Marcus Bryson, CEO of GKN Aerospace, reports that the company’s sales are up 13 percent to just under £7 billion. GKN is a Tier 1 supplier to the aviation industry and operates through four divisions with facilities in 35 countries and an employee base of 50,000.
Bryson said that GKN has turned its traditional reliance of the defense market around from 70-30 percent defense/civil to only 39 percent of turnover today. That change happened in the last decade. However, the company is far from shunning the defense market, it has just reacted quickly to the downturn in defense spending.
Military sales are predominantly split between the United States (26 percent) and Europe (13 percent). Bryson said that the company was benefiting in the U.S. from being involved in multi-year programs such as Bell/Boeing’s V-22, Sikorsky’s UH-60 Black Hawk and in the ongoing development of its heavy lift helicopter, the CH-53K (for which GKN builds the rear fuselage). “Being with mature and multi-year programs is a good place to be,” he said. GKN’s income from these programs will be steady throughout during the acquisition of each aircraft: around $3 million for every CH-53K and just under half a million for each V-22 and UH-60.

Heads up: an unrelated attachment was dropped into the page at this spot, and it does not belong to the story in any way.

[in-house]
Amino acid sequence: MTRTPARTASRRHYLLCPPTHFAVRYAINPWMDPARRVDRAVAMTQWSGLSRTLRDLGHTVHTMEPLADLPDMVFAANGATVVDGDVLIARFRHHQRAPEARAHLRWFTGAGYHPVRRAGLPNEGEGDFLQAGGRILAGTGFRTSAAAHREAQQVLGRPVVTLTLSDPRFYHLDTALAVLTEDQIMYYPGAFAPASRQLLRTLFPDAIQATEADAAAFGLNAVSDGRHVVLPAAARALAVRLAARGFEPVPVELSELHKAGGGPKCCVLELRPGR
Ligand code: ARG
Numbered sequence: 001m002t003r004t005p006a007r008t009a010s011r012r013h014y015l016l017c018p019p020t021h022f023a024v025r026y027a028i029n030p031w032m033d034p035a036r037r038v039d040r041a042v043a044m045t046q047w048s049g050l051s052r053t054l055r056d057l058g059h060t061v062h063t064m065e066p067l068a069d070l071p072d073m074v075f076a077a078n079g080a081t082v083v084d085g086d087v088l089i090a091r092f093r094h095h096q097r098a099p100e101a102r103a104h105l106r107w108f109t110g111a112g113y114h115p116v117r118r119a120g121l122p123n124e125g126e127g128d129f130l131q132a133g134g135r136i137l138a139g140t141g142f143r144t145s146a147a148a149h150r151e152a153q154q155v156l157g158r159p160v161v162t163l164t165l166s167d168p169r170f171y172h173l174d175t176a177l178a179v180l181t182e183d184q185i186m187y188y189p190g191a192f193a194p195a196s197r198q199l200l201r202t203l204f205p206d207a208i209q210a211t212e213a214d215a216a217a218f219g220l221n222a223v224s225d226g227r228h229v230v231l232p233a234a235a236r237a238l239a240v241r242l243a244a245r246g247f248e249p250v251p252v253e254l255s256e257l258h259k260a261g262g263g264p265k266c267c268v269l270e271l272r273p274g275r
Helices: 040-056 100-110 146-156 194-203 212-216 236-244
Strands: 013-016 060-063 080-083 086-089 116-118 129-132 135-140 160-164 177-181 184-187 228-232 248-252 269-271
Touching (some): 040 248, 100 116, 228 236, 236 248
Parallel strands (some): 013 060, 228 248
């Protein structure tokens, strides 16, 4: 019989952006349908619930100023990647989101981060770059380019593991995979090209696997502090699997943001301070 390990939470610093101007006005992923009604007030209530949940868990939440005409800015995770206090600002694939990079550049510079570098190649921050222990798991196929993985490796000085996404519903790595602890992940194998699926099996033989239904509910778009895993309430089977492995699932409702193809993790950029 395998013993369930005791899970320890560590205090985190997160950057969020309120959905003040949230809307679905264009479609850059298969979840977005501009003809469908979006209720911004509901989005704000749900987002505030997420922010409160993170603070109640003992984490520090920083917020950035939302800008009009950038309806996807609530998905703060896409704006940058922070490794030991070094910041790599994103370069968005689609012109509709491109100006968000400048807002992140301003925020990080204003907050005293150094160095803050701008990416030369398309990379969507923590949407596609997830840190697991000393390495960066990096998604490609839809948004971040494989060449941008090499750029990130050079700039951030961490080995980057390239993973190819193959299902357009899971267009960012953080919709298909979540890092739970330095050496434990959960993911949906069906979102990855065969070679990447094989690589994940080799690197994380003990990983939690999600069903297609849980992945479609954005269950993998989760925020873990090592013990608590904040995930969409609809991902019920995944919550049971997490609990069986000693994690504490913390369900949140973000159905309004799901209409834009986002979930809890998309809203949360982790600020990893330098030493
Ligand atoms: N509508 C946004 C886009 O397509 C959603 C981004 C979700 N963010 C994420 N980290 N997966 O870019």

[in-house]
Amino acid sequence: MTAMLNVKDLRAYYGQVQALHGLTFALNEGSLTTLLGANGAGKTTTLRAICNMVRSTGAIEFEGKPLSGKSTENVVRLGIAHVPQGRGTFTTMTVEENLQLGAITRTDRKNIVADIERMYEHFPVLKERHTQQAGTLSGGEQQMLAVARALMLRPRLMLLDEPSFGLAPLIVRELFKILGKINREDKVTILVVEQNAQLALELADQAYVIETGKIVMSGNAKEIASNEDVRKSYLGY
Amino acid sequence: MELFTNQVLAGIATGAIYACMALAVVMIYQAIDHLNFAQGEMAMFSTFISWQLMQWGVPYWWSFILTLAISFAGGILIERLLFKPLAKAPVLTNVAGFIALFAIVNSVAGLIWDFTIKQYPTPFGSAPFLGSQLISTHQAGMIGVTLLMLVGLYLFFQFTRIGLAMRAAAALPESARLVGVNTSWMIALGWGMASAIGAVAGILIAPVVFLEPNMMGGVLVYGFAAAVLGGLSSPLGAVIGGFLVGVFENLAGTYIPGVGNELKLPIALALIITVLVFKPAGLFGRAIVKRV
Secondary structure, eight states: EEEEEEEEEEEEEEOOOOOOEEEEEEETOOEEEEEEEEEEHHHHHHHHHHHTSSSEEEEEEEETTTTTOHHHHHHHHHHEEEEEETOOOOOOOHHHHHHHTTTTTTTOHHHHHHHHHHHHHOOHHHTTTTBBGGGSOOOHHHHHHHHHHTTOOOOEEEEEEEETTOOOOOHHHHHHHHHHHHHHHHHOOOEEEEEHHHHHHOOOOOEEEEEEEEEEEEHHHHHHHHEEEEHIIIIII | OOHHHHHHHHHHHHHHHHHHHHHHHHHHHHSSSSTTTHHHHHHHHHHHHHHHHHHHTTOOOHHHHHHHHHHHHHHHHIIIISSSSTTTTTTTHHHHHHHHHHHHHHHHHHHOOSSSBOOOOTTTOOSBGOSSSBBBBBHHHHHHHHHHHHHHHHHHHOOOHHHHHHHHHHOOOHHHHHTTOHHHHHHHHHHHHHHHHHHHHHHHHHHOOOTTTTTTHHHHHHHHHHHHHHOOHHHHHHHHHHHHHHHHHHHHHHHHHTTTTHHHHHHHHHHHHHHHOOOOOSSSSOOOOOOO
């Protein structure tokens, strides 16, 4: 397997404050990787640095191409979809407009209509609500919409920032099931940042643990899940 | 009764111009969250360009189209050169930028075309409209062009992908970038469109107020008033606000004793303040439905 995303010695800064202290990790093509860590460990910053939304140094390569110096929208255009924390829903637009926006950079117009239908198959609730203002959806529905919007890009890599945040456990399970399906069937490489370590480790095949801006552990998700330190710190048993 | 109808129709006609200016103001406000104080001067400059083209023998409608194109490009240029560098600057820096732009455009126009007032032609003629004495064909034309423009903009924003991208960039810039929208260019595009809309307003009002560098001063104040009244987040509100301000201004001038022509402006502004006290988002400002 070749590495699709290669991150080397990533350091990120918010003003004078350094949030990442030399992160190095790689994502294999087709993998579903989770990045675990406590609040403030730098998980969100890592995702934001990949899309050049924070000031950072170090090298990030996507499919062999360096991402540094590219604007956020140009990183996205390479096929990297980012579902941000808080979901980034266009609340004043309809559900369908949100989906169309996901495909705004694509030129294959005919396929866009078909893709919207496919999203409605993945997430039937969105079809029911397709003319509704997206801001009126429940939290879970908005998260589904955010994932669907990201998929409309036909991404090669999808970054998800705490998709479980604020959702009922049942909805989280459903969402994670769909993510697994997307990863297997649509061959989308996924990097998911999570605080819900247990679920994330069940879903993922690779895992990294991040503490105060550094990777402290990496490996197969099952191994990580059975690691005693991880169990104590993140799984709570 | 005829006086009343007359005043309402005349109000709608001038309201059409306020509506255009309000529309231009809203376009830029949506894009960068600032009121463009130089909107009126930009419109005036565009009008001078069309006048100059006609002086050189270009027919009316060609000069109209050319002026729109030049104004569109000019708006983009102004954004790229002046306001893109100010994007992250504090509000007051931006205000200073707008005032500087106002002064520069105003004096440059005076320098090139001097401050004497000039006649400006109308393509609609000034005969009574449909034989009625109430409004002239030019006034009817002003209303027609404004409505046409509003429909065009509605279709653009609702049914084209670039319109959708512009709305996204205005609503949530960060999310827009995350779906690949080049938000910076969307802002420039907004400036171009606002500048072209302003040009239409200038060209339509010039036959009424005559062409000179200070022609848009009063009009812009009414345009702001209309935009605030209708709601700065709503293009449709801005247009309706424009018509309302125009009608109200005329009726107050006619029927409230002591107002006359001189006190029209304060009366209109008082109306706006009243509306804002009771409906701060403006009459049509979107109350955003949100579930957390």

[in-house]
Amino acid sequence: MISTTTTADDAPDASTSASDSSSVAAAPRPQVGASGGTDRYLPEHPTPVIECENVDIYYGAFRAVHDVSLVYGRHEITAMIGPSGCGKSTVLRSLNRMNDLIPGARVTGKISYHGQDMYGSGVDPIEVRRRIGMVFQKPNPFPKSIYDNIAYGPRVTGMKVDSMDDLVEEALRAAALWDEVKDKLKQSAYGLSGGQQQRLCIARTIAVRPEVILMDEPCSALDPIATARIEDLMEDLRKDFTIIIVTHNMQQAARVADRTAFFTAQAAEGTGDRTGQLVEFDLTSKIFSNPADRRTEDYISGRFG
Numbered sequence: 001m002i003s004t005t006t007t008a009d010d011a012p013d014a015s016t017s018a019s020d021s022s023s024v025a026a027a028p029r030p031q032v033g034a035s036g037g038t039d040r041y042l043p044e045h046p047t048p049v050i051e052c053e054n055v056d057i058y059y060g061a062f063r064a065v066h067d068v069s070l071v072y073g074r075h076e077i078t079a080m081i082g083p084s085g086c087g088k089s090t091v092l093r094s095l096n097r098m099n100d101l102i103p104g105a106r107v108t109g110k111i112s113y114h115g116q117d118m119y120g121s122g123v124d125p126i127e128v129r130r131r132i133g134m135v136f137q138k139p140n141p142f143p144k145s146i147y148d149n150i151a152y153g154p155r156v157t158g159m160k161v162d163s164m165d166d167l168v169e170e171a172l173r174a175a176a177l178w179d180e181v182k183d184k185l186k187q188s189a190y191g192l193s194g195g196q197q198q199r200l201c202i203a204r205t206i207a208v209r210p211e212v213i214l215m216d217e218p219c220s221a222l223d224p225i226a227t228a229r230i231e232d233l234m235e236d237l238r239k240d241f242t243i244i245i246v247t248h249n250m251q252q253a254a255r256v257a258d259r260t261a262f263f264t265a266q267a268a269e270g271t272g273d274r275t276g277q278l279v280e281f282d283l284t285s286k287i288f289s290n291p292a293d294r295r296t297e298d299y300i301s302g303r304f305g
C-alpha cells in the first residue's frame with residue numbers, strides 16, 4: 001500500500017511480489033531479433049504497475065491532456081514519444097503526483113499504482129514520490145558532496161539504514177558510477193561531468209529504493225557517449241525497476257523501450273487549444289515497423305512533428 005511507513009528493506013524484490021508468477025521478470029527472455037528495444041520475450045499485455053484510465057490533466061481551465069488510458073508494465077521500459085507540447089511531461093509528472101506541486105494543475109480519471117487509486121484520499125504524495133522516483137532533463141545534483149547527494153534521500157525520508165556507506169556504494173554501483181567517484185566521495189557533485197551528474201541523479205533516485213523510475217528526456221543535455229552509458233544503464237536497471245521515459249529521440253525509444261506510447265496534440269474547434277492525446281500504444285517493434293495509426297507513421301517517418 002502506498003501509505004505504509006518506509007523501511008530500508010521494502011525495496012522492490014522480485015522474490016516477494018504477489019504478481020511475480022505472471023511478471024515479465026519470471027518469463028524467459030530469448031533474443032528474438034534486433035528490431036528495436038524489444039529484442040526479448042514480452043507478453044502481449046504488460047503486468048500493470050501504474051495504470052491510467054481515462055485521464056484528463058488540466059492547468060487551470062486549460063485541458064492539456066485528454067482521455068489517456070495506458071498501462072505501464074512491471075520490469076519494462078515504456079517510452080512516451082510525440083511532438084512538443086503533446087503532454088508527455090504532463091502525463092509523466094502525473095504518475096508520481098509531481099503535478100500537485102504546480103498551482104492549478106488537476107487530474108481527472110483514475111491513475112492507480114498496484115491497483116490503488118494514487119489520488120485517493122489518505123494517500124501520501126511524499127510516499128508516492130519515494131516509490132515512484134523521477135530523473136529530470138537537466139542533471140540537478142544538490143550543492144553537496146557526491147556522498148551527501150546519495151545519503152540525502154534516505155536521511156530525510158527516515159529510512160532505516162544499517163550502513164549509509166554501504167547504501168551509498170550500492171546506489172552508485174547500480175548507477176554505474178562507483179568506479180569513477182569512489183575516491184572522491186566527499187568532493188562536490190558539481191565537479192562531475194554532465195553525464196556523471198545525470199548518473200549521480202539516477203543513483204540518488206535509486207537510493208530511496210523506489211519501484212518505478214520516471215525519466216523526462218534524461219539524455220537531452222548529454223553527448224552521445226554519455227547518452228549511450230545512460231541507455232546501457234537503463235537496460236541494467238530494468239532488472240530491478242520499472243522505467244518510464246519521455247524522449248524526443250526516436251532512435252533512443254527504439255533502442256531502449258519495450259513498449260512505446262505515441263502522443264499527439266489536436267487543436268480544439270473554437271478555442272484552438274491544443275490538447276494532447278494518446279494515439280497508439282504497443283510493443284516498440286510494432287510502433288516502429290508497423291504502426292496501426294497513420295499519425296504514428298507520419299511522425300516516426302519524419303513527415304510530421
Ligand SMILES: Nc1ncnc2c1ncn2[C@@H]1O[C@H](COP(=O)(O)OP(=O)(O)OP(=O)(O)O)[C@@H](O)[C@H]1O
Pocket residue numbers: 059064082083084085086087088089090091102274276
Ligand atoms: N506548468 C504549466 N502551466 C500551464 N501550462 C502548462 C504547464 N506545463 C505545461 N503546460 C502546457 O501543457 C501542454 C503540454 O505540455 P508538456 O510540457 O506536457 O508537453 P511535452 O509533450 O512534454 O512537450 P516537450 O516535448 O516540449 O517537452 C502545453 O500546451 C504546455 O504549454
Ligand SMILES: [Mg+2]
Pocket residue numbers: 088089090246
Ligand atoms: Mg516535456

Byson stated that the value of the defense business to GKN has risen from around $700 million in 2003 to $3.5 billion today. However, he did not see any upturn in defense spending for the next four or five years, particularly in the company’s main markets. The company has been a supplier of parts and components outside of Europe to other OEMs including India’s Hindustan Aeronautics Limited (HAL).
The company is also working with Bell Helicopter on the 525 Relentless program, providing metal and composite panels and parts. Having also supplied Eurocopter with parts and components, more recently witnessed in an order for self-sealing fuel tanks for the upgraded UK Royal Air Force Puma II helicopters, GKN is both optimistic and cautious about new helicopter developments.
Although Bryson would like to see GKN involved in the future Armed Aerial Scout and Joint Multi-Role (precursor to Future Vertical Lift) developments for the U.S. Army, he is aware that relationships with all the OEMs need to be handled carefully. As far as current progress goes, “we are behind closed doors on future discussions” was all he would say.
Related: Airframe News